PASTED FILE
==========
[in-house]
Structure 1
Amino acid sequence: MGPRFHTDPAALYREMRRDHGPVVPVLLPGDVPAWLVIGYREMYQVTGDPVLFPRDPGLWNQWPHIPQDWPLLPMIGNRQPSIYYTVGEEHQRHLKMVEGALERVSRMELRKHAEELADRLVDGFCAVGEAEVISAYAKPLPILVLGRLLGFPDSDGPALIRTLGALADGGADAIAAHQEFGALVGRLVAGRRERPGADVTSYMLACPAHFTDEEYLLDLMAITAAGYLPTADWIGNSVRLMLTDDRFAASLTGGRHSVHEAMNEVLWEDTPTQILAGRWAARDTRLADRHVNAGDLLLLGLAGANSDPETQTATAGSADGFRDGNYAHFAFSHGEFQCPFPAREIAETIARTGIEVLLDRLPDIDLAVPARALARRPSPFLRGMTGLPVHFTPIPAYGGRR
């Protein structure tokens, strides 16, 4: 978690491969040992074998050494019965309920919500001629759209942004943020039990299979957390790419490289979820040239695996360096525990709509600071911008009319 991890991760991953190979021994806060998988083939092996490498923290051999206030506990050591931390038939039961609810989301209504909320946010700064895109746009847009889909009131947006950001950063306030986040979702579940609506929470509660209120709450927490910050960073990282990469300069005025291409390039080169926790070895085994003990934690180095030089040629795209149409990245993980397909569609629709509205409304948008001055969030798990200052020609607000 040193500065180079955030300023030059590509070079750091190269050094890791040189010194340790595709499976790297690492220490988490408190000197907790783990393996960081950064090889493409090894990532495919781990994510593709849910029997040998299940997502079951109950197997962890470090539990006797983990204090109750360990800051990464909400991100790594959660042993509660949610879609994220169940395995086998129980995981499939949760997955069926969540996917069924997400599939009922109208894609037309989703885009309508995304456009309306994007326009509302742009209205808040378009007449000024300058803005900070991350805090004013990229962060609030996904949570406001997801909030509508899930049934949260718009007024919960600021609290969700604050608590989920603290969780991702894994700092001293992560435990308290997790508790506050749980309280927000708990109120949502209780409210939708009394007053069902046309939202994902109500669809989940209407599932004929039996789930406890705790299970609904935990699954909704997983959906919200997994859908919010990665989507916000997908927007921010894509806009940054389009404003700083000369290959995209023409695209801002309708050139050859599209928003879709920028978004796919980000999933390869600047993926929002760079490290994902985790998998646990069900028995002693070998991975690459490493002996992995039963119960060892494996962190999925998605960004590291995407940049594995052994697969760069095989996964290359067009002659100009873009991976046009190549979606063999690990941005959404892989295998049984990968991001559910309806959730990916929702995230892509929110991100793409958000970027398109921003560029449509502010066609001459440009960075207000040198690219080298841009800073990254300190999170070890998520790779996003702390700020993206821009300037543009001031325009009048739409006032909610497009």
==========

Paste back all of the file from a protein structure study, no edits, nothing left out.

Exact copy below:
[in-house]
Structure 1
Amino acid sequence: MGPRFHTDPAALYREMRRDHGPVVPVLLPGDVPAWLVIGYREMYQVTGDPVLFPRDPGLWNQWPHIPQDWPLLPMIGNRQPSIYYTVGEEHQRHLKMVEGALERVSRMELRKHAEELADRLVDGFCAVGEAEVISAYAKPLPILVLGRLLGFPDSDGPALIRTLGALADGGADAIAAHQEFGALVGRLVAGRRERPGADVTSYMLACPAHFTDEEYLLDLMAITAAGYLPTADWIGNSVRLMLTDDRFAASLTGGRHSVHEAMNEVLWEDTPTQILAGRWAARDTRLADRHVNAGDLLLLGLAGANSDPETQTATAGSADGFRDGNYAHFAFSHGEFQCPFPAREIAETIARTGIEVLLDRLPDIDLAVPARALARRPSPFLRGMTGLPVHFTPIPAYGGRR
């Protein structure tokens, strides 16, 4: 978690491969040992074998050494019965309920919500001629759209942004943020039990299979957390790419490289979820040239695996360096525990709509600071911008009319 991890991760991953190979021994806060998988083939092996490498923290051999206030506990050591931390038939039961609810989301209504909320946010700064895109746009847009889909009131947006950001950063306030986040979702579940609506929470509660209120709450927490910050960073990282990469300069005025291409390039080169926790070895085994003990934690180095030089040629795209149409990245993980397909569609629709509205409304948008001055969030798990200052020609607000 040193500065180079955030300023030059590509070079750091190269050094890791040189010194340790595709499976790297690492220490988490408190000197907790783990393996960081950064090889493409090894990532495919781990994510593709849910029997040998299940997502079951109950197997962890470090539990006797983990204090109750360990800051990464909400991100790594959660042993509660949610879609994220169940395995086998129980995981499939949760997955069926969540996917069924997400599939009922109208894609037309989703885009309508995304456009309306994007326009509302742009209205808040378009007449000024300058803005900070991350805090004013990229962060609030996904949570406001997801909030509508899930049934949260718009007024919960600021609290969700604050608590989920603290969780991702894994700092001293992560435990308290997790508790506050749980309280927000708990109120949502209780409210939708009394007053069902046309939202994902109500669809989940209407599932004929039996789930406890705790299970609904935990699954909704997983959906919200997994859908919010990665989507916000997908927007921010894509806009940054389009404003700083000369290959995209023409695209801002309708050139050859599209928003879709920028978004796919980000999933390869600047993926929002760079490290994902985790998998646990069900028995002693070998991975690459490493002996992995039963119960060892494996962190999925998605960004590291995407940049594995052994697969760069095989996964290359067009002659100009873009991976046009190549979606063999690990941005959404892989295998049984990968991001559910309806959730990916929702995230892509929110991100793409958000970027398109921003560029449509502010066609001459440009960075207000040198690219080298841009800073990254300190999170070890998520790779996003702390700020993206821009300037543009001031325009009048739409006032909610497009």